Head Trauma May Boost Schizophrenia Risk

Head trauma may increase the risk of developing schizophrenia, a new study says. The results show people who have suffered from a traumatic brain injury (TBI) are 1.6 times more likely to develop schizophrenia compared with those who have not suffered such an injury. The risk was particularly high in those with a family history of schizophrenia. Previous studies regarding TBI and schizophrenia have yielded mixed results as to whether the conditions are linked. The new study is one of the first to pool information from past research in a systematic way to get an indication of the risk. While the new findings suggest the link does exist, they don't prove that brain injuries cause schizophrenia. And it could be that patients were already developing the psychiatric condition when their injury occurred, the researchers said. More work needs to be done to find exactly what's behind this relationship, they said. To read more, click here

State Task Force Says Teachers Aren't Doing Enough to Identify Children Who Can't Read

Educators in New Jersey are not doing all they can to properly identify and help children who cannot read, members of the New Jersey Reading Disabilities Task Force said at a meeting at the Ocean City library last Wednesday. Task force members said a top priority will be raising awareness of current research and teaching methods that are effective in helping the estimated 15 percent of all children who struggle with dyslexia or other reading disorders. Formed earlier this year, the task force has a year to make recommendations to the governor. But members said they want to start raising awareness now so that parents and teachers can be better informed. They said one problem is that teachers are not getting the instruction they need to identify children at a young age. To read more, click here

American Council of the Blind and Google Conduct Survey

The American Council of the Blind (ACB), a consumer-based organization of blind and visually impaired Americans advocating for the rights of blind Americans, will work with Google Inc. to survey blind, visually impaired, and deaf-blind individuals to better understand how they use computers and assistive technology to access information. "Having access to information through the use of accessible technology is paramount in this day and age for education, employment and social networking. Many studies have evaluated how users generally access the Internet, but none have focused specifically on the experience of blind users," said Mitch Pomerantz, president of the American Council of the Blind, in a statement. To read more, click here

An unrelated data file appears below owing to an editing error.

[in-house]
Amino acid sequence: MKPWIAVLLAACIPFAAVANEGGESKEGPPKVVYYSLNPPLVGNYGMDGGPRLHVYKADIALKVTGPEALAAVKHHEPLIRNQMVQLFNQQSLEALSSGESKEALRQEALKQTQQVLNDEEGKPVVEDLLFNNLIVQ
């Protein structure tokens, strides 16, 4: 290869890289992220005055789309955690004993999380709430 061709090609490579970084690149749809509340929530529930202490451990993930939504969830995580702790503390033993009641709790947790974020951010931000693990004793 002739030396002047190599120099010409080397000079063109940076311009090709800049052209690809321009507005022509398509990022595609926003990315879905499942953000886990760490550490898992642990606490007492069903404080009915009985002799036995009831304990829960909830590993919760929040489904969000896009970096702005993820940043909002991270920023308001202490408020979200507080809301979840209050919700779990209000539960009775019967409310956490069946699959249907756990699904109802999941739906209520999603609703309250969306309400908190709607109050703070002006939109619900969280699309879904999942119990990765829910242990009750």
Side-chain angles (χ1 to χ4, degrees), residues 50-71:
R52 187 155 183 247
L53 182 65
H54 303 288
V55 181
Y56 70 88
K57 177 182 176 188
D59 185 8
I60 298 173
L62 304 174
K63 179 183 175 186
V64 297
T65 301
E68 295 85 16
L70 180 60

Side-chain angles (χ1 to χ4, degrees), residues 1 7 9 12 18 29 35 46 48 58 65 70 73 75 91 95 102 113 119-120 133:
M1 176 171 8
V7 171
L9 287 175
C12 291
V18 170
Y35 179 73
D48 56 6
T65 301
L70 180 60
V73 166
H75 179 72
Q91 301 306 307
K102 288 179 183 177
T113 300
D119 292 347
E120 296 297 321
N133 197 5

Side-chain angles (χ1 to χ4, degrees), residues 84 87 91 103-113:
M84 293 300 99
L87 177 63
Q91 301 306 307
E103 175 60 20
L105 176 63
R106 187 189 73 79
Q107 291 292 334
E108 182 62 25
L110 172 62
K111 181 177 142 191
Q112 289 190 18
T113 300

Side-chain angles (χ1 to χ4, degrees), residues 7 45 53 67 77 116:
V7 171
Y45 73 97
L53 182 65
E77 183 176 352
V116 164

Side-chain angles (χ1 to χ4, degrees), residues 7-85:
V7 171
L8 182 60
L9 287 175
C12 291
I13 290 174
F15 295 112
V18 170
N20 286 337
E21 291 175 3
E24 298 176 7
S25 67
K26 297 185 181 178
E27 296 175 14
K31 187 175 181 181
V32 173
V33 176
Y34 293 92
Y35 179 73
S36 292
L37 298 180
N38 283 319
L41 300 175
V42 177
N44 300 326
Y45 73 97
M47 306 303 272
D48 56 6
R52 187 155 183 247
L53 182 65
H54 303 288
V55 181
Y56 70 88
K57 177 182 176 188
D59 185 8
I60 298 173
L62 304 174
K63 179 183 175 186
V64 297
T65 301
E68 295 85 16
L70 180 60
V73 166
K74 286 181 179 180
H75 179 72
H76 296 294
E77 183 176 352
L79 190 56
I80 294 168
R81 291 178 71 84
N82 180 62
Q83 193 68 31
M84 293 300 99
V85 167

'The Lion King' on Broadway to Host Autism-Friendly Performance

"The Lion King" on Broadway will be the first major New York show to host a performance geared specifically for individuals with autism. The performance, scheduled for Oct. 2, is part of a new pilot program from the Theatre Development Fund called the Autism Theatre Initiative, whose goal is to make theater accessible to children and adults on the autism spectrum -- including those with Asperger's syndrome -- and their families. TDF, a nonprofit group, said it has purchased every seat for the Oct. 2 performance at the Minskoff Theatre for sale to families whose members include individuals with autism. To read more, click here

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NASET MEMBER'S BENEFIT -

Board Certification in Special Education Available to NASET Members

Through an agreement with The American Academy of Special Education Professionals(AASEP), NASET members now have the opportunity to achieve AASEP Board Certification in Special Education - (B.C.S.E.) at a reduced fee.  AASEP Board Certification in Special Education - (B.C.S.E.) is a voluntary choice on the part of the candidate. The candidate for Board Certification wishes to demonstrate a commitment to excellence to employers, peers, administrators, other professionals, and parents. From the standpoint of the Academy, board certification will demonstrate the highest professional competency in the area of special education. Board Certification in Special Educationestablishes a much needed standard for professionals, across disciplines, who work with exceptional children.

 

For more information on Board Certification in Special Education, click here

Neurofeedback for Children with ADHD

For children and adults living with attention deficit disorder, staying focused is a constant challenge. The distractions of day-to-day life can make it hard to learn and to stay on track in school, but one teen has found a way to retrain her brain without medication. It may look like Jenna Terribile is just playing a video game, but what the 17-year-old is really doing is learning to focus her brain with neurofeedback. Neurofeedback was initially developed by NASA in the 1960s to improve a pilot's attention, and ability to focus. Today, psychologists like Dr. Sanford Silverman are using it to help children like Jenna manage the symptoms of ADD and ADHD without medication. Jenna was diagnosed with ADHD in the 3rd grade. It was a tough time for her family, but mom Diane says the side effects from the drugs Jenna's doctor prescribed were as bad if not worse than the actual ADHD symptoms themselves. To read more, click here